August 26, 2018

Chicago History: Haki Madhubuti, the most influential African-American leader you’ve probably never heard of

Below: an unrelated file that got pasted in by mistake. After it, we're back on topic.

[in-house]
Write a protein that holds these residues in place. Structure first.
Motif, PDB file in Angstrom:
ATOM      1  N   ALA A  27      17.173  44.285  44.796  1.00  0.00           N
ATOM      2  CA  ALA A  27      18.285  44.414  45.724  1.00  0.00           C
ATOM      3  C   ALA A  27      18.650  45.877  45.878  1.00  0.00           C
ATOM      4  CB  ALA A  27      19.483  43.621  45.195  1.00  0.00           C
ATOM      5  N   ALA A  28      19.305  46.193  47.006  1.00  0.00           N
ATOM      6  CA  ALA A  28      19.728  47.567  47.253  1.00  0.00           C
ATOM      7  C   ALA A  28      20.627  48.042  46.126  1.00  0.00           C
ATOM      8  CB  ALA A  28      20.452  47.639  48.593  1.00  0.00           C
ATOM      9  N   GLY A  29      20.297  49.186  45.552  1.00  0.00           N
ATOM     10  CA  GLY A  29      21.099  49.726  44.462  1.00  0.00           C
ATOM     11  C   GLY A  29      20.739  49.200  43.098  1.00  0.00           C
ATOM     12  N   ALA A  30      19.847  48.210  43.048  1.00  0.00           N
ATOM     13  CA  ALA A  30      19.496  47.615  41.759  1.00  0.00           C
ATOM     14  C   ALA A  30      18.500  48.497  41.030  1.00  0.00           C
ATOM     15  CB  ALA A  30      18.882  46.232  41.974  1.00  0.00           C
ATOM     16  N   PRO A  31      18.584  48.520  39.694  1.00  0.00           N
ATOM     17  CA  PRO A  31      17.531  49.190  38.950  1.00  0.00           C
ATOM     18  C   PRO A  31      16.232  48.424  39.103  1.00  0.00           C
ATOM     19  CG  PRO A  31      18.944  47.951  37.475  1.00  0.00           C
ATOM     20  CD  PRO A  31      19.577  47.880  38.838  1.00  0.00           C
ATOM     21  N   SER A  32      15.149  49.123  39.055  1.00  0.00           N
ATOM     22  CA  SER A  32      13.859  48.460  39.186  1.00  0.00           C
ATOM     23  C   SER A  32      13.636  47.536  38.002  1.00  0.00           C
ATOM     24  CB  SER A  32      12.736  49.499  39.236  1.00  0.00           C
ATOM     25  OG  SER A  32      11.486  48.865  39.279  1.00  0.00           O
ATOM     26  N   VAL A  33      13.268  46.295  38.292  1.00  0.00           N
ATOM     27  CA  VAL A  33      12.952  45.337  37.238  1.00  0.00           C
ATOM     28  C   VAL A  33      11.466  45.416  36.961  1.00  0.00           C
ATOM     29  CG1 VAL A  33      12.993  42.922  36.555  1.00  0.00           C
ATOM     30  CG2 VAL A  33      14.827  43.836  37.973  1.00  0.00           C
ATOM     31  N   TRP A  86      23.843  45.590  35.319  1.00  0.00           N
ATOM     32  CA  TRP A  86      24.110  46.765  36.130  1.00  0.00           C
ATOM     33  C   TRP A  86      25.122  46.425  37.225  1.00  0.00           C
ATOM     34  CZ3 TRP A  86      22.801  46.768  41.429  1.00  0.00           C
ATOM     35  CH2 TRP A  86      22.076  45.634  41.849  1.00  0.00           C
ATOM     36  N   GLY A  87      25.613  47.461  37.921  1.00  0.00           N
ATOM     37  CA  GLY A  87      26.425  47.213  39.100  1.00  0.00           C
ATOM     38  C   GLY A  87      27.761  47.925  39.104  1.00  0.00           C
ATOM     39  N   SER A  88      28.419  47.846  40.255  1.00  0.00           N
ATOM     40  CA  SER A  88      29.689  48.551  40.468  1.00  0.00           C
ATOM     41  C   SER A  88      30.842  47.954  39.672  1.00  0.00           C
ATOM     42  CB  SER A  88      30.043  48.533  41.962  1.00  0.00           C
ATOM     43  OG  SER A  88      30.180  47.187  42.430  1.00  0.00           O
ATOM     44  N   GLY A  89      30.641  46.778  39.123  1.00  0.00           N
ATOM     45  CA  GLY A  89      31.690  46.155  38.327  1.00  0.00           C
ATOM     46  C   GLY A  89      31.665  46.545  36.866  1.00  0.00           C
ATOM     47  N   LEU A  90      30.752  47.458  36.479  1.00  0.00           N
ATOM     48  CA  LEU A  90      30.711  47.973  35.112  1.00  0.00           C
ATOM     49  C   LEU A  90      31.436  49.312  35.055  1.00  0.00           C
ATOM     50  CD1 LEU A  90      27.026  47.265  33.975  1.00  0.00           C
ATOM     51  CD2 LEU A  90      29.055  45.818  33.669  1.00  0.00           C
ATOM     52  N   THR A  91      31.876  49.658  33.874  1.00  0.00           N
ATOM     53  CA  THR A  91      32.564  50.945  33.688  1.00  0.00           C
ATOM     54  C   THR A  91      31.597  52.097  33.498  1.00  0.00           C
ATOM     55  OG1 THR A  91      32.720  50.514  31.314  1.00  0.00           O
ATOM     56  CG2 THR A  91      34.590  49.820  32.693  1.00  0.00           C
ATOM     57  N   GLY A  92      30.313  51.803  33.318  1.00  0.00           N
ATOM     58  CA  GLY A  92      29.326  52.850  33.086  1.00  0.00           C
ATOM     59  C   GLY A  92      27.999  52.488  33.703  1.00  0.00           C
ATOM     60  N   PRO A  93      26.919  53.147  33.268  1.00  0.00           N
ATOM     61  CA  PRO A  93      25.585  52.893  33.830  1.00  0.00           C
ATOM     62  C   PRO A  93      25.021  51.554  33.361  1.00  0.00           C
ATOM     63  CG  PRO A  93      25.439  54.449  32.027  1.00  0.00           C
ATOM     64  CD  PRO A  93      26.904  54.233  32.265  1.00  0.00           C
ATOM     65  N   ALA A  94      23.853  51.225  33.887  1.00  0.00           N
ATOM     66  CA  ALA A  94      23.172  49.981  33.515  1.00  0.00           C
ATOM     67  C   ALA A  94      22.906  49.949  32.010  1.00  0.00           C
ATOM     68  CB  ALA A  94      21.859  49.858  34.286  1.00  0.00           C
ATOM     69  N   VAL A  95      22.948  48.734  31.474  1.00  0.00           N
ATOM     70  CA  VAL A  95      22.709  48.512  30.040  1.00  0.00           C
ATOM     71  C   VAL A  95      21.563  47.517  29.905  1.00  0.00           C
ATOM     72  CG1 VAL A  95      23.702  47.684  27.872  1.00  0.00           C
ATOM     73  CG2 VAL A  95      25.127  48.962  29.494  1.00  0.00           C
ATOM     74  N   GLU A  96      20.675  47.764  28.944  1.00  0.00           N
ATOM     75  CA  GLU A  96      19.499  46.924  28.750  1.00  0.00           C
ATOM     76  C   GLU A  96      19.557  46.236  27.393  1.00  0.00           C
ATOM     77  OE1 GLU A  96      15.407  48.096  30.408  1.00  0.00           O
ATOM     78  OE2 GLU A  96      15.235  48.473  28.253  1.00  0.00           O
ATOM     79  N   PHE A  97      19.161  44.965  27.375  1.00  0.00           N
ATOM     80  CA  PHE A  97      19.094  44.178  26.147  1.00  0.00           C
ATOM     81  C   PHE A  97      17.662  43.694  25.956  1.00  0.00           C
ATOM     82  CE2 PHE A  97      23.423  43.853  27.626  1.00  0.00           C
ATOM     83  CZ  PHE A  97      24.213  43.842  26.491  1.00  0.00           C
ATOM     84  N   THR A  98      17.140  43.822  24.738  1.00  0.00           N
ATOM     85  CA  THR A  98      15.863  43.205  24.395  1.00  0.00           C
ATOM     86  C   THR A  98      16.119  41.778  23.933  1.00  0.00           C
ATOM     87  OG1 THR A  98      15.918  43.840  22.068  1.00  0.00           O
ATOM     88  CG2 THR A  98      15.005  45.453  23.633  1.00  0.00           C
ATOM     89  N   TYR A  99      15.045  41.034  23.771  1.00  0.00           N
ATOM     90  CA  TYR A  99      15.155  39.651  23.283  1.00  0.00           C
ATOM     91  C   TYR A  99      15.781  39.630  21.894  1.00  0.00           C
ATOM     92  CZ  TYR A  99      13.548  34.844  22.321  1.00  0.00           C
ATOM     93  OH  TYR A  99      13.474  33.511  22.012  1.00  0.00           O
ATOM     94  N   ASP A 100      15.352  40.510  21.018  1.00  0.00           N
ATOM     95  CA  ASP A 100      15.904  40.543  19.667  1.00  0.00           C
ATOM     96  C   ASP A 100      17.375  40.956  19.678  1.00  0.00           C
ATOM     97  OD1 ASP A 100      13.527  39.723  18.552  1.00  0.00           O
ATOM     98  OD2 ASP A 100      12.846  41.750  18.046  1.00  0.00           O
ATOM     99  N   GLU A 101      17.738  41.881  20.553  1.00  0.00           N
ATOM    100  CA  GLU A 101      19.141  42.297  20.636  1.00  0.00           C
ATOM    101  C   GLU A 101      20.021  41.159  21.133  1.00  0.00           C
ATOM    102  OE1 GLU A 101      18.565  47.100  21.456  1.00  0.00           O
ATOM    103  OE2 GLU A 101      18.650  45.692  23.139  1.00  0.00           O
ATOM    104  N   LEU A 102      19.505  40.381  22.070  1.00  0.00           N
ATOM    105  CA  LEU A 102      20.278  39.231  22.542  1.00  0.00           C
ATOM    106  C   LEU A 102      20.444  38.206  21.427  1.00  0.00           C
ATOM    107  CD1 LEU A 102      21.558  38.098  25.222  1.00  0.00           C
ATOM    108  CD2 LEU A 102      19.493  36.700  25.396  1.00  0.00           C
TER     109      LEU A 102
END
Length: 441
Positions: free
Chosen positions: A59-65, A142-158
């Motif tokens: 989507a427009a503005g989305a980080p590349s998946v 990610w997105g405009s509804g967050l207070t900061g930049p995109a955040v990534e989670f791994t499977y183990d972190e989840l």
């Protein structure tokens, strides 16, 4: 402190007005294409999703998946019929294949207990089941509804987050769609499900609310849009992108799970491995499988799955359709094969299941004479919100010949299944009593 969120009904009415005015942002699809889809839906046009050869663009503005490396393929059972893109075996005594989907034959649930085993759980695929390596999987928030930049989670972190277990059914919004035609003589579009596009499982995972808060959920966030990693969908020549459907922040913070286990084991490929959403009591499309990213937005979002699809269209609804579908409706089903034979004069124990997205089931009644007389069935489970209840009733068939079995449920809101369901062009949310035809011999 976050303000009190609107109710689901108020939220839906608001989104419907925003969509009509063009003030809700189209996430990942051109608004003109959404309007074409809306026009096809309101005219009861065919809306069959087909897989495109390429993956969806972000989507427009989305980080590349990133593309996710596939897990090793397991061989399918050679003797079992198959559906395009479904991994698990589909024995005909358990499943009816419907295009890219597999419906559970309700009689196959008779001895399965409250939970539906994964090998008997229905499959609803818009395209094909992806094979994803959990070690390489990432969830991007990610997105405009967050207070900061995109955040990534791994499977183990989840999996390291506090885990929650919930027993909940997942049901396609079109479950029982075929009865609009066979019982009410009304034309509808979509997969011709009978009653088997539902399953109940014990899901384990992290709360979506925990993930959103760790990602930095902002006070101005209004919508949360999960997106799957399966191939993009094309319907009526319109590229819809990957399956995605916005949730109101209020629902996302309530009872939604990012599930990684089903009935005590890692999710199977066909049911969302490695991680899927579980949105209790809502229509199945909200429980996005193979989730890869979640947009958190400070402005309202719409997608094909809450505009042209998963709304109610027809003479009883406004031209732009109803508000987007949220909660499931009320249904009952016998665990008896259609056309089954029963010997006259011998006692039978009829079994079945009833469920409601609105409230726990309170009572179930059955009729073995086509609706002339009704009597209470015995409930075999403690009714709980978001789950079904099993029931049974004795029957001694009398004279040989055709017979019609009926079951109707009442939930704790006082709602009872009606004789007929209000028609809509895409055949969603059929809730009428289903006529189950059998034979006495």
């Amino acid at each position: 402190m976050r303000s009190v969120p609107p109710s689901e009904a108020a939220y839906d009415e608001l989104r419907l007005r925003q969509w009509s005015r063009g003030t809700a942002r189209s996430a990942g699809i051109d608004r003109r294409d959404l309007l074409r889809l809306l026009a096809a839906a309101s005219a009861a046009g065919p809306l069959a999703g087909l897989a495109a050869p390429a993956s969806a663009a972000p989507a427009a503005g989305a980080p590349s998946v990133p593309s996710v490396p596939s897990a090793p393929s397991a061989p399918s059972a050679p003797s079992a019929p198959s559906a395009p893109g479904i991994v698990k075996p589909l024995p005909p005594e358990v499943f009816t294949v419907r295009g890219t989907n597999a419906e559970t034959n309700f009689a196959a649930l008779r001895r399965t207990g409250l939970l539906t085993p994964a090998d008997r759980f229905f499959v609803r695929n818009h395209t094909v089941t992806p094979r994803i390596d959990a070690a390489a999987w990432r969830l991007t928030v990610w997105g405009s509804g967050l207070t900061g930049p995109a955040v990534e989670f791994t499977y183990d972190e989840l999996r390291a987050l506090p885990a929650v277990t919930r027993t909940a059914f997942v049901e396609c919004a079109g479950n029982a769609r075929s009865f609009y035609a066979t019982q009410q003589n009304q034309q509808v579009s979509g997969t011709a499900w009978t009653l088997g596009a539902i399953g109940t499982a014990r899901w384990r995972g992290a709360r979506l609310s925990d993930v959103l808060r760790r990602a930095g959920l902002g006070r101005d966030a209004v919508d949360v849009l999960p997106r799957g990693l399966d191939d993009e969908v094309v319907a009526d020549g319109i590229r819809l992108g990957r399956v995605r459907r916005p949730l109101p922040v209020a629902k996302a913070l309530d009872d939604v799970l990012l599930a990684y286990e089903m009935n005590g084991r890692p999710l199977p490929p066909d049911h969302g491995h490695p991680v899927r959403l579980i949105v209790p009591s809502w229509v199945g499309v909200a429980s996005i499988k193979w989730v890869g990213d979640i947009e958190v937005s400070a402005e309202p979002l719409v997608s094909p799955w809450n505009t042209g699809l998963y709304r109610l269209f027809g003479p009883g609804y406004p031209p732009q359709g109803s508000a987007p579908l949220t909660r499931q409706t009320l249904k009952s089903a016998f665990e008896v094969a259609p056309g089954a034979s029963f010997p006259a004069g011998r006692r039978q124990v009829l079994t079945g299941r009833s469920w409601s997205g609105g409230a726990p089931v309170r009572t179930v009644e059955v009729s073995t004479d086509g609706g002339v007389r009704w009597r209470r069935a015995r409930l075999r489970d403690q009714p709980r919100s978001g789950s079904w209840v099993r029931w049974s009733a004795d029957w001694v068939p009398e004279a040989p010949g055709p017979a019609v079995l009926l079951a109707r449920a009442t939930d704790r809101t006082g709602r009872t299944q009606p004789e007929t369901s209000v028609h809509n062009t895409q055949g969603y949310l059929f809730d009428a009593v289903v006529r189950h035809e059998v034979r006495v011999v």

This is an expanded version of an article that appeared 8.29.18 in the Chicago Reader.   Don L. Lee was ten years old when his mother Maxine took him and his younger sister to visit the minister of one of the largest black churches in Detroit. It was mid-20th century America, and, abandoned years before by her husband, Maxine, a beautiful, vivacious woman, had been trying to keep the family afloat with the odds stacked against her. Suddenly, with the minister, she was in luck.  A man in his fifties, with a kindly demeanor, he offered her a job as a janitor at the four-story, twelve-unit building he owned next to his church — and free housing in a basement apartment.  During the week, she’d be responsible for cleaning and dusting the public areas and hauling the garbage cans down the backstairs. Oh, and one other thing — as the interview came to an end, the minister leaned over and whispered something to Maxine.  “I knew what was going on,” her son tells me. Thereafter, come Monday and Thursday afternoons, the minister would visit the family’s apartment “and she would service him.”  She was what was known at the time […]